Powerhouse Building, 1 Dunn Side


Godfrey Charles Isaacs was born in 1866 in Spitalfields London, where his parents were successful fruit importers. After completing his studies in Hanover and Brussels, he joined the family firm of fruit and ship brokers before becoming a mining engineer.

In 1910, Isaacs took the role of Joint Managing Director of the Marconi Wireless Telegraph Company and the Marconi International Marine Communications Company. Within six months, he assumed sole responsibility as Managing Director and also joined the board of the Marconi Wireless Telegraph Company of America. Later that same year, Isaacs formed the Marconi Press Agency to establish and publicise the company and its products to a wider audience, publishing the first wireless magazine in April 1911.

Isaacs many accomplishments include the removal of the ‘Telefunken Wall’, which blocked the company from entering into overseas contracts, and issues regarding the infringement of patents the Marconi Company had on products. By 1913, the company had become profitable and fully supported the armed forces during the First World War.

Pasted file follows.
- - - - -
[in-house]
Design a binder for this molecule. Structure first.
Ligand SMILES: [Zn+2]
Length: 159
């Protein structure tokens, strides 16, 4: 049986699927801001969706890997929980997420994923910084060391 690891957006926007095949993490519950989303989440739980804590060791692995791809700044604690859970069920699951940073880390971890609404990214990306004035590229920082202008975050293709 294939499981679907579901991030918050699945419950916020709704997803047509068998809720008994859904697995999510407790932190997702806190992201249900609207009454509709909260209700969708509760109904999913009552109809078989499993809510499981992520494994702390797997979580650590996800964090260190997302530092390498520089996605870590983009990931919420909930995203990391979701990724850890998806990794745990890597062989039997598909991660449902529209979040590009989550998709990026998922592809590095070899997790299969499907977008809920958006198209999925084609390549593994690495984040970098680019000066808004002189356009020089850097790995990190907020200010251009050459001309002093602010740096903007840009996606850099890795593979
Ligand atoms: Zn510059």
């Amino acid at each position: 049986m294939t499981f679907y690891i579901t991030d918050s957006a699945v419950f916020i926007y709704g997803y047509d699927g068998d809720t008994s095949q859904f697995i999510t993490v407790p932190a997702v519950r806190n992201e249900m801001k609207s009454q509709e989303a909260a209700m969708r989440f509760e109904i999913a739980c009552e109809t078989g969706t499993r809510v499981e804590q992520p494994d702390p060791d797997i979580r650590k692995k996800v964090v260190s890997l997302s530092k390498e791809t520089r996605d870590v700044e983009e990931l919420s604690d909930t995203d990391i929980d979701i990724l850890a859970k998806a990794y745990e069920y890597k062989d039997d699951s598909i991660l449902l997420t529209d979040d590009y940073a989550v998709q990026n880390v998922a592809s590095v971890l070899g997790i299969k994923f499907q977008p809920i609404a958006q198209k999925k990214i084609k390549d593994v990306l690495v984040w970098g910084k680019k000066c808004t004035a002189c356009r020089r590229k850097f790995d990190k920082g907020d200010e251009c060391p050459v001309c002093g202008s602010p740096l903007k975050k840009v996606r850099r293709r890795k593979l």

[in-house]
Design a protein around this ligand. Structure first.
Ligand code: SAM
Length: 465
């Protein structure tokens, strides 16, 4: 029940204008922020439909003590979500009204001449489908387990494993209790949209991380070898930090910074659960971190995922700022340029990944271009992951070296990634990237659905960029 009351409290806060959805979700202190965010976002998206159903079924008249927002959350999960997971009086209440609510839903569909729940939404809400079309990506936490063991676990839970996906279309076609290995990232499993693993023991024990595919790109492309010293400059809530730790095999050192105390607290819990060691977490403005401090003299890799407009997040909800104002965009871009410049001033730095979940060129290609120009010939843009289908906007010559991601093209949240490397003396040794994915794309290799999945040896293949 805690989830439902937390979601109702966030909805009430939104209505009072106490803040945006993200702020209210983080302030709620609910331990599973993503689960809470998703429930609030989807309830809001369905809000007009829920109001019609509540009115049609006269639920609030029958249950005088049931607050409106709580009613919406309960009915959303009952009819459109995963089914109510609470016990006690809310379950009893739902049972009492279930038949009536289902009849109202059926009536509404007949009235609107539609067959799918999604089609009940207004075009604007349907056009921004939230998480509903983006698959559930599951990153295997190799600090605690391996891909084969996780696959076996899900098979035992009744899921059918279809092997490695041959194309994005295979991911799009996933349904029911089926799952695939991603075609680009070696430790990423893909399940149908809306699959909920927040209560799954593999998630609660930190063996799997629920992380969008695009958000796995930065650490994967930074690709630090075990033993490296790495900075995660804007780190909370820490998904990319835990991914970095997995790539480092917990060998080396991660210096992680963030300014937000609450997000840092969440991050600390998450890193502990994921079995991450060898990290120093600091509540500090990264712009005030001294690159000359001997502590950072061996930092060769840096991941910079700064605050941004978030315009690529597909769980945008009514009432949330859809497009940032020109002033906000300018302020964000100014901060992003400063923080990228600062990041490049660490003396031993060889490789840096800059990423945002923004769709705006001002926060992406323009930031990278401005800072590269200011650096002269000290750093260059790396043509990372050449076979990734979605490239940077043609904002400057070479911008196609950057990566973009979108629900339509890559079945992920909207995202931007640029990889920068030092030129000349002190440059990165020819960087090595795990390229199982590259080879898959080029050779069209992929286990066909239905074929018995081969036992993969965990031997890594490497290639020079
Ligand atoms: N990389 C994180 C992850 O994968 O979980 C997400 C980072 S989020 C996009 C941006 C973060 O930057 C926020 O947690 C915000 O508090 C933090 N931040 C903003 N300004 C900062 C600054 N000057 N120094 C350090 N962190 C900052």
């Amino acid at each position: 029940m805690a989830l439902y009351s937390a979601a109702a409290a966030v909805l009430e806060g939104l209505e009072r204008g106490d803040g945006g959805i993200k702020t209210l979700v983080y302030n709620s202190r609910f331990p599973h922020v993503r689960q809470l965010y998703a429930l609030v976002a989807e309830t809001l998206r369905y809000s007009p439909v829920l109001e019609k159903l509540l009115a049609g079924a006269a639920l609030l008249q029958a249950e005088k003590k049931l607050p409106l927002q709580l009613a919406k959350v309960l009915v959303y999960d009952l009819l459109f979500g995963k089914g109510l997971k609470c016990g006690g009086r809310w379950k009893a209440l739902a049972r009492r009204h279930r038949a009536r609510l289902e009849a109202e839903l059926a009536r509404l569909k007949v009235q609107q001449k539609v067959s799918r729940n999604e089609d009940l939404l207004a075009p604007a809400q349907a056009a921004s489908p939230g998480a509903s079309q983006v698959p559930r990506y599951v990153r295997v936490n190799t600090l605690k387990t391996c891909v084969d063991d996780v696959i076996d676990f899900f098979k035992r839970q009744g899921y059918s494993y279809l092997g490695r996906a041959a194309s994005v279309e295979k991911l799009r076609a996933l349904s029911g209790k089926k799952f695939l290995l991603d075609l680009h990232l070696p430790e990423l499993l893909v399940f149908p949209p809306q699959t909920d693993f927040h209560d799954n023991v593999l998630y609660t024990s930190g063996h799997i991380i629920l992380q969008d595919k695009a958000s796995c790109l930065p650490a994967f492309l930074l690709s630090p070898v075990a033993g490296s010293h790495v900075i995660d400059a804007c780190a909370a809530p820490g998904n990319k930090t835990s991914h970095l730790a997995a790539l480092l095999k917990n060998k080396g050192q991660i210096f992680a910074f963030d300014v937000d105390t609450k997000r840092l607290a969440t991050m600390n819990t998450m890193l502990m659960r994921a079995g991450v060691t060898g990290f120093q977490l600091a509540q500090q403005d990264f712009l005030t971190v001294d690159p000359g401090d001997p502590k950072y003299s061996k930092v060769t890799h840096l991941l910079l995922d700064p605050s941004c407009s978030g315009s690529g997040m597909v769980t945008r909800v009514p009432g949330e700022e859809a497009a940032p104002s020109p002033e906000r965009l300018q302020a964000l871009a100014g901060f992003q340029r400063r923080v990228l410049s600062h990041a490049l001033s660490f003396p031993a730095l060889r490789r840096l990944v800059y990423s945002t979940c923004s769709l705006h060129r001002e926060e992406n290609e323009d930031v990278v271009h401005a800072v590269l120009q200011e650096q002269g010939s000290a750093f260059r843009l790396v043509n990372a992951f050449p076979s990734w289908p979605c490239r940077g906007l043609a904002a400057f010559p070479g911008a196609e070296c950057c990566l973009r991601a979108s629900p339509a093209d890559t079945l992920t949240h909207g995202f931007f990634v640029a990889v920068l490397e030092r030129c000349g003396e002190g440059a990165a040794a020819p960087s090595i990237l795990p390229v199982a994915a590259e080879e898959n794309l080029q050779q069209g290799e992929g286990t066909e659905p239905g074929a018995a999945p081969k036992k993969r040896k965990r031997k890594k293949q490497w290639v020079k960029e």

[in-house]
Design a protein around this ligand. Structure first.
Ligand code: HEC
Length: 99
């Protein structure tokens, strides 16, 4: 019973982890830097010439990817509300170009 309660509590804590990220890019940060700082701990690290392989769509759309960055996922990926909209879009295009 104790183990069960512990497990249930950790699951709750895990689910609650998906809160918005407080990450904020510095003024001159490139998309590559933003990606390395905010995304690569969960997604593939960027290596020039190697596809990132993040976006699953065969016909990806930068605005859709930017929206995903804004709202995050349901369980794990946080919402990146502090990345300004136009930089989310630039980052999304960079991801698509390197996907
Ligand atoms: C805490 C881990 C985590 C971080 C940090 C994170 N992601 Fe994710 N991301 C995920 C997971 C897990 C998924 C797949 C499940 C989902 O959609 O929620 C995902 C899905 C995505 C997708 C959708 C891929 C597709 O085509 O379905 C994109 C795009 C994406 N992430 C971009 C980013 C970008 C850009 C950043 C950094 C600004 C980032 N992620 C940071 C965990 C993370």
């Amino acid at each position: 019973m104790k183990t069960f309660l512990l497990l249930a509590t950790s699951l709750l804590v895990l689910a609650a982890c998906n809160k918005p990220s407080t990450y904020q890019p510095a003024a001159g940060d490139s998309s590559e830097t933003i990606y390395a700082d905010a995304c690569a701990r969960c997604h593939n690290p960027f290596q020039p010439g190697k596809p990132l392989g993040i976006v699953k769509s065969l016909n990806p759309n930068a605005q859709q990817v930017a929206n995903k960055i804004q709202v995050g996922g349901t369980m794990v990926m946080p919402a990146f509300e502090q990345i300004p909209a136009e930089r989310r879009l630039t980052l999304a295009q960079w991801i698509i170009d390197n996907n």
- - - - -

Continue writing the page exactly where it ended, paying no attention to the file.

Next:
The biggest accomplishment Isaacs led the company through was the relocation to the Marconi New Street Works site, where he also constructed two roads (Marconi Road and Bishop Road) for houses to be built for Marconi employees. In 1920, Isaacs led the company to undertake high power speech telephony trials which led to the concert by Dame Nellie Melba. In conjunction with 39 wireless company representatives in Britain, Isaacs also played a role in the development of the British Broadcasting Company.

Isaacs resigned as managing director of the Marconi Company and other positions due to medical reasons in 1924, however remained as a consultant. Isaacs passed away in April 1925 aged 58.

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